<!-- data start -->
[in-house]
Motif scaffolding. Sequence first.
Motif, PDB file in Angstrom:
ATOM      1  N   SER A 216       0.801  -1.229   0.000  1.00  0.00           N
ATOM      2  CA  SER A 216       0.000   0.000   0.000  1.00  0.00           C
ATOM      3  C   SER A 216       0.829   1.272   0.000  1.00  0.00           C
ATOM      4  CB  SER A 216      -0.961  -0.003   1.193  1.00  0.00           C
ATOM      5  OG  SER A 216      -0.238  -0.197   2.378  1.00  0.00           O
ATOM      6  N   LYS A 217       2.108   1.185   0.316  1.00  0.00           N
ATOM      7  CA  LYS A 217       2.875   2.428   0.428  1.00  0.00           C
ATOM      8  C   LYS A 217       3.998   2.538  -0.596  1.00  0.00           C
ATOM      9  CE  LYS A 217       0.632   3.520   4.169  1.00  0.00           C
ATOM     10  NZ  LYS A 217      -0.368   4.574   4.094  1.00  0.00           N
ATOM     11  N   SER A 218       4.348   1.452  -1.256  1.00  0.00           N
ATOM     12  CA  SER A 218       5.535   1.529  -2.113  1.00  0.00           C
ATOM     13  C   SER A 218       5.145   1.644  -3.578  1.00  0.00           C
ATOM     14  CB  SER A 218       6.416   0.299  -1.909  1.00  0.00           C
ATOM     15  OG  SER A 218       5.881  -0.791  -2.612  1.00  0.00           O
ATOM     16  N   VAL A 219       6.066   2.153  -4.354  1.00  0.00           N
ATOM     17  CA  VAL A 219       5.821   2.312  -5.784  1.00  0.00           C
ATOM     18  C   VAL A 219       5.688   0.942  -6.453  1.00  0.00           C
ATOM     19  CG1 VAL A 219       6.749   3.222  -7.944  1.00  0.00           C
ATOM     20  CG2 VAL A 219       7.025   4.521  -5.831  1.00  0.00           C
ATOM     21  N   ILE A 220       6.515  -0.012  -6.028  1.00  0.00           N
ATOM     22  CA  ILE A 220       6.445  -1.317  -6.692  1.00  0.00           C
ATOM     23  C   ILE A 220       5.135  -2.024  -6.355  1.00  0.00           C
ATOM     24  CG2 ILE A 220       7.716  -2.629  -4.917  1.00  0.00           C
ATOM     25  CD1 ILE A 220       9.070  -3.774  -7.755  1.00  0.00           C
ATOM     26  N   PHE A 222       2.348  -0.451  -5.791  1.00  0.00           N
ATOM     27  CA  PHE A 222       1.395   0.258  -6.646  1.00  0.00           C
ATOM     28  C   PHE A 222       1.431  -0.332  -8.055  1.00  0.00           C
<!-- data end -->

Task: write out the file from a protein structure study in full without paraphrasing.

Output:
[in-house]
Motif scaffolding. Sequence first.
Motif, PDB file in Angstrom:
ATOM      1  N   SER A 216       0.801  -1.229   0.000  1.00  0.00           N
ATOM      2  CA  SER A 216       0.000   0.000   0.000  1.00  0.00           C
ATOM      3  C   SER A 216       0.829   1.272   0.000  1.00  0.00           C
ATOM      4  CB  SER A 216      -0.961  -0.003   1.193  1.00  0.00           C
ATOM      5  OG  SER A 216      -0.238  -0.197   2.378  1.00  0.00           O
ATOM      6  N   LYS A 217       2.108   1.185   0.316  1.00  0.00           N
ATOM      7  CA  LYS A 217       2.875   2.428   0.428  1.00  0.00           C
ATOM      8  C   LYS A 217       3.998   2.538  -0.596  1.00  0.00           C
ATOM      9  CE  LYS A 217       0.632   3.520   4.169  1.00  0.00           C
ATOM     10  NZ  LYS A 217      -0.368   4.574   4.094  1.00  0.00           N
ATOM     11  N   SER A 218       4.348   1.452  -1.256  1.00  0.00           N
ATOM     12  CA  SER A 218       5.535   1.529  -2.113  1.00  0.00           C
ATOM     13  C   SER A 218       5.145   1.644  -3.578  1.00  0.00           C
ATOM     14  CB  SER A 218       6.416   0.299  -1.909  1.00  0.00           C
ATOM     15  OG  SER A 218       5.881  -0.791  -2.612  1.00  0.00           O
ATOM     16  N   VAL A 219       6.066   2.153  -4.354  1.00  0.00           N
ATOM     17  CA  VAL A 219       5.821   2.312  -5.784  1.00  0.00           C
ATOM     18  C   VAL A 219       5.688   0.942  -6.453  1.00  0.00           C
ATOM     19  CG1 VAL A 219       6.749   3.222  -7.944  1.00  0.00           C
ATOM     20  CG2 VAL A 219       7.025   4.521  -5.831  1.00  0.00           C
ATOM     21  N   ILE A 220       6.515  -0.012  -6.028  1.00  0.00           N
ATOM     22  CA  ILE A 220       6.445  -1.317  -6.692  1.00  0.00           C
ATOM     23  C   ILE A 220       5.135  -2.024  -6.355  1.00  0.00           C
ATOM     24  CG2 ILE A 220       7.716  -2.629  -4.917  1.00  0.00           C
ATOM     25  CD1 ILE A 220       9.070  -3.774  -7.755  1.00  0.00           C
ATOM     26  N   PHE A 222       2.348  -0.451  -5.791  1.00  0.00           N
ATOM     27  CA  PHE A 222       1.395   0.258  -6.646  1.00  0.00           C
ATOM     28  C   PHE A 222       1.431  -0.332  -8.055  1.00  0.00           C